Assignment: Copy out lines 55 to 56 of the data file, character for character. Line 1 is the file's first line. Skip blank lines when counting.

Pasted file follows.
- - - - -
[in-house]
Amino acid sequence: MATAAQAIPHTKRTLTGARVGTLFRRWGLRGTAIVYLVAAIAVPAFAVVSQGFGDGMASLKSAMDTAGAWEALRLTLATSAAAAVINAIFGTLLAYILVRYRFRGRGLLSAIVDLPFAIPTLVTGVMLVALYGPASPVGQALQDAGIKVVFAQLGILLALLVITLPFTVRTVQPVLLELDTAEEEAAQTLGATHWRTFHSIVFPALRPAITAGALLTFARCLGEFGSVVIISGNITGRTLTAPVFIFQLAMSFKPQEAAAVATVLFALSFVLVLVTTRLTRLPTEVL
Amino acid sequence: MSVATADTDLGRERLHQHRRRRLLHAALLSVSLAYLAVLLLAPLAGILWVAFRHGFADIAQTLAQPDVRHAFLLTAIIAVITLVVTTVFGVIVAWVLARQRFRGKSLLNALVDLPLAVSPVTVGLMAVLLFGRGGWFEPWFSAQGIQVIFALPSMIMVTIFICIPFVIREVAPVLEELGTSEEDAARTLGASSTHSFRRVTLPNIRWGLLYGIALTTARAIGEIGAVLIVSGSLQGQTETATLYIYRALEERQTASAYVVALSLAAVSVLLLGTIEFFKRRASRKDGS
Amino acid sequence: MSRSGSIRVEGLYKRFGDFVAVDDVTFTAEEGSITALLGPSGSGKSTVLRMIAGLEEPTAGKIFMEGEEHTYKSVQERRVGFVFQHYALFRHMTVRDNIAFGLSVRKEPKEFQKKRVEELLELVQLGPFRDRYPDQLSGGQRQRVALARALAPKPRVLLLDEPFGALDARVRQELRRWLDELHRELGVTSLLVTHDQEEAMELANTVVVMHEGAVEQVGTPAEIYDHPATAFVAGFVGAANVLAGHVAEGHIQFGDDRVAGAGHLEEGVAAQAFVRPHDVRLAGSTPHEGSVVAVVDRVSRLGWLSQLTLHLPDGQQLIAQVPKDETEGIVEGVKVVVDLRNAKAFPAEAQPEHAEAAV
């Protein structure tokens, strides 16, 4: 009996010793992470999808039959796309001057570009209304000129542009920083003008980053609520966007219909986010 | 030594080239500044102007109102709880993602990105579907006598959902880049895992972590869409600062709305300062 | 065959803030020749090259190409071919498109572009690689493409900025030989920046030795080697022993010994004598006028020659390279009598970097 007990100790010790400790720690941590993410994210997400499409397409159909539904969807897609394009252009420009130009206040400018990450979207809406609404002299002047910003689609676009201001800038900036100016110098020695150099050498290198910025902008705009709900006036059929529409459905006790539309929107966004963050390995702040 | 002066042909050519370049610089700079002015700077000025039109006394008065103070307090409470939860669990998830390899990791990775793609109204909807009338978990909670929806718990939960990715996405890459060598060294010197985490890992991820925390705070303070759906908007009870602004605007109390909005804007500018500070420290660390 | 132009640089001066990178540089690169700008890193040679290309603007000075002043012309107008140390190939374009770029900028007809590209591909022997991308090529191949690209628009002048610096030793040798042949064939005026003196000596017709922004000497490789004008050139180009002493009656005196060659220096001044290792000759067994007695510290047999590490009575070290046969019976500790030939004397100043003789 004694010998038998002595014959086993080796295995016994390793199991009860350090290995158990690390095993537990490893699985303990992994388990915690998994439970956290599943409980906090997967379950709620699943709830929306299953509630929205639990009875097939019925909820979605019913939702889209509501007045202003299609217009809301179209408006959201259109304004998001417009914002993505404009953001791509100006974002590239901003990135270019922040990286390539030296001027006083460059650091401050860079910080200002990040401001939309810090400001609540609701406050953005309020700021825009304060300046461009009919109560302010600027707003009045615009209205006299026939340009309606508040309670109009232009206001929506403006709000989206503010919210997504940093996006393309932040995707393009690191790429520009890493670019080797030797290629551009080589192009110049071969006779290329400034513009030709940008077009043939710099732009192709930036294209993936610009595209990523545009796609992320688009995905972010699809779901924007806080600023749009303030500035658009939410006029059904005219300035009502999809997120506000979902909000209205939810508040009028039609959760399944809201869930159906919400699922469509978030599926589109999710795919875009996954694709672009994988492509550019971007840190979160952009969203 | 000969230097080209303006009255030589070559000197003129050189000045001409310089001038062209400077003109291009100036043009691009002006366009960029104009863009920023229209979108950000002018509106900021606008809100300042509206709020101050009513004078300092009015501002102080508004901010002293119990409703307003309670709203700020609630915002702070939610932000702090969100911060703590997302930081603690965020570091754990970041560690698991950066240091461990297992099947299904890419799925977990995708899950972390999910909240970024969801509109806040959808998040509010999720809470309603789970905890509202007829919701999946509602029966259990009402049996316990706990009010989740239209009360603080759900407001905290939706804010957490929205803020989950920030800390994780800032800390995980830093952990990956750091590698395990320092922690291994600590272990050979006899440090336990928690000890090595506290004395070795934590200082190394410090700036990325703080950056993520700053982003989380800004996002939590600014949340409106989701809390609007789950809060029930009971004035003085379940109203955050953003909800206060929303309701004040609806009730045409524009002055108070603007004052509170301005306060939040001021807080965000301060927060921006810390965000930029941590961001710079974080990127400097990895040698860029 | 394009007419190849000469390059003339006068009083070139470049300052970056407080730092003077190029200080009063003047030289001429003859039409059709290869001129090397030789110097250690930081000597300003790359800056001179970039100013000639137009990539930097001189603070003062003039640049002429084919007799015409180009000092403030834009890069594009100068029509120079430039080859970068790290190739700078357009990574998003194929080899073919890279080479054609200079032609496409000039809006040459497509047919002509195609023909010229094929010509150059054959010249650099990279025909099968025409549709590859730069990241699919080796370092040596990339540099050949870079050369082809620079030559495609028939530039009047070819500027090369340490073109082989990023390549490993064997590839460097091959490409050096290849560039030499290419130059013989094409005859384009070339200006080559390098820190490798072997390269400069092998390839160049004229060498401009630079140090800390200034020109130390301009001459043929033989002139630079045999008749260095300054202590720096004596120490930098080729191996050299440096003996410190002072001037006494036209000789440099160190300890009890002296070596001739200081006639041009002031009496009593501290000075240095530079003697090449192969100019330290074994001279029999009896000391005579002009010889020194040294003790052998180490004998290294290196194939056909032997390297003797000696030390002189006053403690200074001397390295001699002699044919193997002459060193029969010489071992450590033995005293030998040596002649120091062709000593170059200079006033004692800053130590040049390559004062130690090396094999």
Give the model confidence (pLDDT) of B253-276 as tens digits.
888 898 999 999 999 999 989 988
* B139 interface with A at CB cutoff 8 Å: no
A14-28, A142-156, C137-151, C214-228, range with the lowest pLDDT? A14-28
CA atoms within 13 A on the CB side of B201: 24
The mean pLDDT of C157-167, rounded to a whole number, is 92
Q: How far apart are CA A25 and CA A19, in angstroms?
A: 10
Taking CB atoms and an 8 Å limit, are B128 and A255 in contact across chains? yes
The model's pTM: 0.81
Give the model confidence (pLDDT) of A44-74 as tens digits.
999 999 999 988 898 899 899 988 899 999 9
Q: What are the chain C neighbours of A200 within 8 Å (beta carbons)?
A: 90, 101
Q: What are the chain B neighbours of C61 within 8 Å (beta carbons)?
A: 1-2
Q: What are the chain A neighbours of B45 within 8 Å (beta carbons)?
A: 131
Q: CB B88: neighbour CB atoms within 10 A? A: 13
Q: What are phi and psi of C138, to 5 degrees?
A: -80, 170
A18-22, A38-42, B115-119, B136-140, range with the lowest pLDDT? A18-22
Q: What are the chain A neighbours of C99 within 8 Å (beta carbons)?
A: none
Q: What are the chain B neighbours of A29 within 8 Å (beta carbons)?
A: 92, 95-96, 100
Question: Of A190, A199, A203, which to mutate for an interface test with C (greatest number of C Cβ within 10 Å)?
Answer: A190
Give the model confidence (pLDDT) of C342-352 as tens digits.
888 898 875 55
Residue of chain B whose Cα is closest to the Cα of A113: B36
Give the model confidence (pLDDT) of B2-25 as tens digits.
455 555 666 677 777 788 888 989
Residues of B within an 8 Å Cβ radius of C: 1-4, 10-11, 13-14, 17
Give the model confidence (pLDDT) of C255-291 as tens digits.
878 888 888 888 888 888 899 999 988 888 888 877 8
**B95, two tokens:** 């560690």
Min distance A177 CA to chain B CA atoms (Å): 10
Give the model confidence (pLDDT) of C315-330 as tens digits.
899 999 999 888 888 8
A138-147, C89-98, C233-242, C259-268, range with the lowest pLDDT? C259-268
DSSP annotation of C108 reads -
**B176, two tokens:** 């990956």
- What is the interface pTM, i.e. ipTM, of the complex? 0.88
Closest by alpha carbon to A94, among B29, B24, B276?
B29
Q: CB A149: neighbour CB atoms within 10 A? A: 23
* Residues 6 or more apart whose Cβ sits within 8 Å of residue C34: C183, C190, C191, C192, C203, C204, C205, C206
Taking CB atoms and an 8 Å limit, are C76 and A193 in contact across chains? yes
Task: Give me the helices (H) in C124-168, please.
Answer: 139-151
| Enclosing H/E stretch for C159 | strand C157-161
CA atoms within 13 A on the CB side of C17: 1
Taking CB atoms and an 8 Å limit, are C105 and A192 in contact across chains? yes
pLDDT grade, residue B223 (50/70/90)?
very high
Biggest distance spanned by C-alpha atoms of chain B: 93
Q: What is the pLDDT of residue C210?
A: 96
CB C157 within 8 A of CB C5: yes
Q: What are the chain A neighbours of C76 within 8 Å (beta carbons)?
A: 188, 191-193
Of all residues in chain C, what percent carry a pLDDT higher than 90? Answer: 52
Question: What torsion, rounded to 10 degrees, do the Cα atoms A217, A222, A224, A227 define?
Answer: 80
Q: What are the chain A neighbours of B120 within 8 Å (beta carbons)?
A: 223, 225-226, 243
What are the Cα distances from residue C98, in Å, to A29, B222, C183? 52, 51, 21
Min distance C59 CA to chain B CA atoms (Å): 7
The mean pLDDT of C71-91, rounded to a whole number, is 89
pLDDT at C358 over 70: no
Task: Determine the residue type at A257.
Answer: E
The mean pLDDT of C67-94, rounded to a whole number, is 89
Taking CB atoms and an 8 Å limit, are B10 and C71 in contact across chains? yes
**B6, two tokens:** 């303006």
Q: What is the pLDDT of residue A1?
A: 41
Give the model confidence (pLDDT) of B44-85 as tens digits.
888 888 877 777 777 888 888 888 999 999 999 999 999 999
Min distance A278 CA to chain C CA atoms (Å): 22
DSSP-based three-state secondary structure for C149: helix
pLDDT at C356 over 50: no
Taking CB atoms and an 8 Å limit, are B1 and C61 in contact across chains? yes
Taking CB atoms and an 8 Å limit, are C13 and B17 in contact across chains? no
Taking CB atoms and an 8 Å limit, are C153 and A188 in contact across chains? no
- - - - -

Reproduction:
Task: Give me the helices (H) in C124-168, please.
Answer: 139-151